List of assignment due dates.
The assignment should be submitted via Blackboard. Submit a file called assignment5.zip, containing the following two files:
- answers.pdf, for your answers to the written tasks, and for the output that the programming task asks you to include. Only PDF files will be accepted. All text should be typed, and if any figures are present they should be computer-generated. Scans of handwriten answers will NOT be accepted.
- k_means_cluster.m, containing your Matlab code for the programming part. In addition, you must include in your zip file any other source files (with auxiliary code) that are needed to run your solution.
These naming conventions are mandatory, non-adherence to these specifications can incur a penalty of up to 20 points.
Your name and UTA ID number should appear on the top line of both documents.
Task 1 (70 points, programming)
In this task you will implement k-means clustering.
Your function will be invoked as follows:
k_means_cluster(<data_file>, <k>, <iterations>)
The arguments provide the following information:
- The first argument, <data_file>, is the path name of a file where the data is stored. The path name can specify any file stored on the local computer.
- The second argument, <k>, specifies the number of clusters.
- The third argument, <iterations>, specifies the number of iterations of the main loop. The initialization stage (giving a random assignment of objects to clusters, and computing the means of those random assignments) does not count as an iteration.
The data file will follow the same format as the training and test files in the UCI datasets directory. A description of the datasets and the file format can be found on this link. Your code should also work with ANY OTHER training and test files using the same format as the files in the UCI datasets directory.
As the description states, do NOT use data from the last column (i.e., the class labels) as features. In these files, all columns except for the last one contain example inputs. The last column contains the class label.
- Use the L2 distance (the Euclidean distance) for computing the distance between any two objects in the dataset.
Output on the Screen
After the initialization stage, and after each iteration, you should print the value E(S1,S2,...,SK), as defined in page 27 of the clustering slides.
The output should follow this format:
After initialization: error = %.4f After iteration 1: error = %.4f After iteration 2: error = %.4f ...
Output for answers.pdf
In your answers.pdf document, you need to provide the complete output for the following invocations of your program:
k_means_cluster('yeast_test.txt', 2, 5) k_means_cluster('yeast_test.txt', 3, 5)
- 55 points: Correct implementation of k-means clustering.
- 15 points: Following the specifications in producing the required output.
Task 2 (10 points)
Consider the set of points above. Each dot corresponds to a point. Consider a clustering consisting of two clusters, where the first cluster is the set of all the blue dots, and the second cluster has the red dot as its only element. Can this clustering be the final result of the k-means algorithm? Justify your answer.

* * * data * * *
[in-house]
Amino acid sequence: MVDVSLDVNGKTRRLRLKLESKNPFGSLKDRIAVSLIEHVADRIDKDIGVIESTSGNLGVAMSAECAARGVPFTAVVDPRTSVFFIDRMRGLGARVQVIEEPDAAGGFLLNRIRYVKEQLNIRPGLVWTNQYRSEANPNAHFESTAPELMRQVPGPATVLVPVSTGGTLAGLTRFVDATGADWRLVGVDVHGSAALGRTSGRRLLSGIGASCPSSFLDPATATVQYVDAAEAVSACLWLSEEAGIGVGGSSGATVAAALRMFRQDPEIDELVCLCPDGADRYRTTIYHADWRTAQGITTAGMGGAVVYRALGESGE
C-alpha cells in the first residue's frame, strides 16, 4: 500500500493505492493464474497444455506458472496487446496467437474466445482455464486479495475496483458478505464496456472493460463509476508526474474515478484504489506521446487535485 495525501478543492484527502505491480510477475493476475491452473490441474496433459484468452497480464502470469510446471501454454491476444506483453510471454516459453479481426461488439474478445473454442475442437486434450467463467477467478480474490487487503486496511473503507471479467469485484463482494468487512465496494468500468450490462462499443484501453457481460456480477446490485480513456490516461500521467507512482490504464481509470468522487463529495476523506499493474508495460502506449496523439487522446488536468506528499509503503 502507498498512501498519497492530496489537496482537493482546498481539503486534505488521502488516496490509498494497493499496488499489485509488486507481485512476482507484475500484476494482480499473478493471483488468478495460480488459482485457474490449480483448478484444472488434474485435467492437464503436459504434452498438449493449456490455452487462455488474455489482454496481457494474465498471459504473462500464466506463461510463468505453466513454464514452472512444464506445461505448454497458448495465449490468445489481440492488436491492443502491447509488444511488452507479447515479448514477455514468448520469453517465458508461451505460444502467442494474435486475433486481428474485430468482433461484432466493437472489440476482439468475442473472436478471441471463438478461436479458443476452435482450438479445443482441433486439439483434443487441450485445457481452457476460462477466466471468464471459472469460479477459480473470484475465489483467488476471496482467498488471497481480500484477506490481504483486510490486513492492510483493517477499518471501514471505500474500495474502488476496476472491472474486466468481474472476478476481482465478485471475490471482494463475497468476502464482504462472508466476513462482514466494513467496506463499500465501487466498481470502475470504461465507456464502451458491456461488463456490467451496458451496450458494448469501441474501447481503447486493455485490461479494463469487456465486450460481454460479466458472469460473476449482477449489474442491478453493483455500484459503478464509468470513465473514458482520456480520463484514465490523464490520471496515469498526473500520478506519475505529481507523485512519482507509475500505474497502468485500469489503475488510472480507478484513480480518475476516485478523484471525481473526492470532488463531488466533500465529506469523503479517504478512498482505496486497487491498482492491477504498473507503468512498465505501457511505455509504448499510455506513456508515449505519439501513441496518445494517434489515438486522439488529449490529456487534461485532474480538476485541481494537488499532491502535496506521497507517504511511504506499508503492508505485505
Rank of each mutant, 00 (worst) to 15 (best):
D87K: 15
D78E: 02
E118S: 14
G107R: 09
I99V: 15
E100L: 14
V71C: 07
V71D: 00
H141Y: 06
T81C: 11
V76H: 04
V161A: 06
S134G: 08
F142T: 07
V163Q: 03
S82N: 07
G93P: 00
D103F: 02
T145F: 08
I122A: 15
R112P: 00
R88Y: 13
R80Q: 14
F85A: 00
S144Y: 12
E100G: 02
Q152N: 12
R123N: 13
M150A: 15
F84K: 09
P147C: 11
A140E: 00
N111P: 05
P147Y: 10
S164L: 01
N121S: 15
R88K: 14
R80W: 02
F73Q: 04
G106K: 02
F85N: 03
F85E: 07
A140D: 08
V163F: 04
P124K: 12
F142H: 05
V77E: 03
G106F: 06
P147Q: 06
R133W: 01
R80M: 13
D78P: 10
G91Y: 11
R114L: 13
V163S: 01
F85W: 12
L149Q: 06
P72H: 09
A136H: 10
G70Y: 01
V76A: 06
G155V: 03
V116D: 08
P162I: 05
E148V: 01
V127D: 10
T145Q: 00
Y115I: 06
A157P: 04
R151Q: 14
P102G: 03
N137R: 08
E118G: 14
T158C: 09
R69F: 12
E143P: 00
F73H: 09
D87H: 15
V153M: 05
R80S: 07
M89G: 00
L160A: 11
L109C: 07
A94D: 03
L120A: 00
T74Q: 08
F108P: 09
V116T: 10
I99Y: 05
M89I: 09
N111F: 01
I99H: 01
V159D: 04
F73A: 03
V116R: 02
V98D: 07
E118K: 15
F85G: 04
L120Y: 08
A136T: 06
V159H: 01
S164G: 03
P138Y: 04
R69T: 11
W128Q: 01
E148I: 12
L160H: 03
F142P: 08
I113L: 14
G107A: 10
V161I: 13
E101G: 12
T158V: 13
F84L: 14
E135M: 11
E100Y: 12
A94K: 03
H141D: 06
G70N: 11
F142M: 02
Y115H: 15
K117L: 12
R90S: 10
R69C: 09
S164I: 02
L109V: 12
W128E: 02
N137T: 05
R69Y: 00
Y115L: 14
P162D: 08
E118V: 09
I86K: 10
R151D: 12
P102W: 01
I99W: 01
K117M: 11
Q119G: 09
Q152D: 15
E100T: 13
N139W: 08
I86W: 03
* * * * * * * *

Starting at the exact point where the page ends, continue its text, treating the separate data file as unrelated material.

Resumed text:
Your answer should be based on your visual estimations of Euclidean distances between dots. For this particular question, no greater precision is needed.
Task 3 (10 points)
For both parts of this task, assume that the algorithm in question never needs to break a tie (i.e., it never needs to choose between two distances that are equal).
Part a: Will the k-means algorithm always give the same results when applied to the same dataset with the same k? To phrase the question in an alternative way, is there any dataset where the algorithm can produce different results if run multiple times, with the value of k kept the same? If your answer is that k-means will always give the same results, justify why. If your answer is that k-means can produce different results if run multiple times, provide an example.
Part b: Same question as in part a, but for agglomerative clustering with the dmin distance. Here, as “result” we consider all intermediate clusterings, between the first step (with each object being its own cluster) and the last step (where all objects belong to a single cluster). Will this agglomerative algorithm always give the same results when applied to the same dataset? If your answer is “yes”, justify why. If your answer is “no”, provide an example.
Task 4 (10 points)
Consider a dataset consisting of these eight points: 2, 4, 7, 11, 16, 22, 29, 37.
Part a: Show the results (all intermediate clusterings) obtained by applying agglomerative clustering to this dataset, using the dmin distance.
Part b: Show the results (all intermediate clusterings) obtained by applying agglomerative clustering to this dataset, using the dmax distance.
Optional Tasks, No Credit
Here some tasks that are optional, and for which you will receive NO credit. These tasks will give you some additional hands-on experience with clustering.
- Optional Task 1, 0 points: Implement a way to identify when the k-means algorithm has converged, so as to stop the iterations of the main loop.
- Optional Task 2, 0 points: Implement EM clustering.
- Optional Task 3, 0 points: Implement k-medoid clustering, and apply it on the time series dataset of the optional DTW assignment, with DTW as the underlying distance measure.
- Optional Task 4, 0 points: Implement agglomerative clustering, with dmean as the distance measure between clusters. Apply your implementation on the time series dataset of the optional DTW assignment, with DTW as the underlying distance measure.